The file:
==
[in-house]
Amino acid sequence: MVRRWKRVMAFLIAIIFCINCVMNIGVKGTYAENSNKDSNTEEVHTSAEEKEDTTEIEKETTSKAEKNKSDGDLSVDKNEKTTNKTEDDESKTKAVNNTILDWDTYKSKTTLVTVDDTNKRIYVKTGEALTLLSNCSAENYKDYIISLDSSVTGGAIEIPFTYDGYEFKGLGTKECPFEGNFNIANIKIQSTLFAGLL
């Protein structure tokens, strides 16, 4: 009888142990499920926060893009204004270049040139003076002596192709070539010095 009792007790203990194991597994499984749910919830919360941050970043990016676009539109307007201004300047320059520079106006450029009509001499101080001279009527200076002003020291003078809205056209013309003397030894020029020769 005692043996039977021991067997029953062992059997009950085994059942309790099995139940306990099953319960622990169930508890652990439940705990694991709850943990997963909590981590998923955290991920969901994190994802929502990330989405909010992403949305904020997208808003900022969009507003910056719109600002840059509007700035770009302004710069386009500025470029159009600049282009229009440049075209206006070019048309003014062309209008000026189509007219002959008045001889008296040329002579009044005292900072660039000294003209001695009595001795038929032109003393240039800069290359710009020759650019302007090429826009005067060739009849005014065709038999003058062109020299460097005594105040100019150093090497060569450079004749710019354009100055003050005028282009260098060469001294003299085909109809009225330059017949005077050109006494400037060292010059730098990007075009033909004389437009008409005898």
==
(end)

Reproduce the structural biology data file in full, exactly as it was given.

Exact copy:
[in-house]
Amino acid sequence: MVRRWKRVMAFLIAIIFCINCVMNIGVKGTYAENSNKDSNTEEVHTSAEEKEDTTEIEKETTSKAEKNKSDGDLSVDKNEKTTNKTEDDESKTKAVNNTILDWDTYKSKTTLVTVDDTNKRIYVKTGEALTLLSNCSAENYKDYIISLDSSVTGGAIEIPFTYDGYEFKGLGTKECPFEGNFNIANIKIQSTLFAGLL
């Protein structure tokens, strides 16, 4: 009888142990499920926060893009204004270049040139003076002596192709070539010095 009792007790203990194991597994499984749910919830919360941050970043990016676009539109307007201004300047320059520079106006450029009509001499101080001279009527200076002003020291003078809205056209013309003397030894020029020769 005692043996039977021991067997029953062992059997009950085994059942309790099995139940306990099953319960622990169930508890652990439940705990694991709850943990997963909590981590998923955290991920969901994190994802929502990330989405909010992403949305904020997208808003900022969009507003910056719109600002840059509007700035770009302004710069386009500025470029159009600049282009229009440049075209206006070019048309003014062309209008000026189509007219002959008045001889008296040329002579009044005292900072660039000294003209001695009595001795038929032109003393240039800069290359710009020759650019302007090429826009005067060739009849005014065709038999003058062109020299460097005594105040100019150093090497060569450079004749710019354009100055003050005028282009260098060469001294003299085909109809009225330059017949005077050109006494400037060292010059730098990007075009033909004389437009008409005898």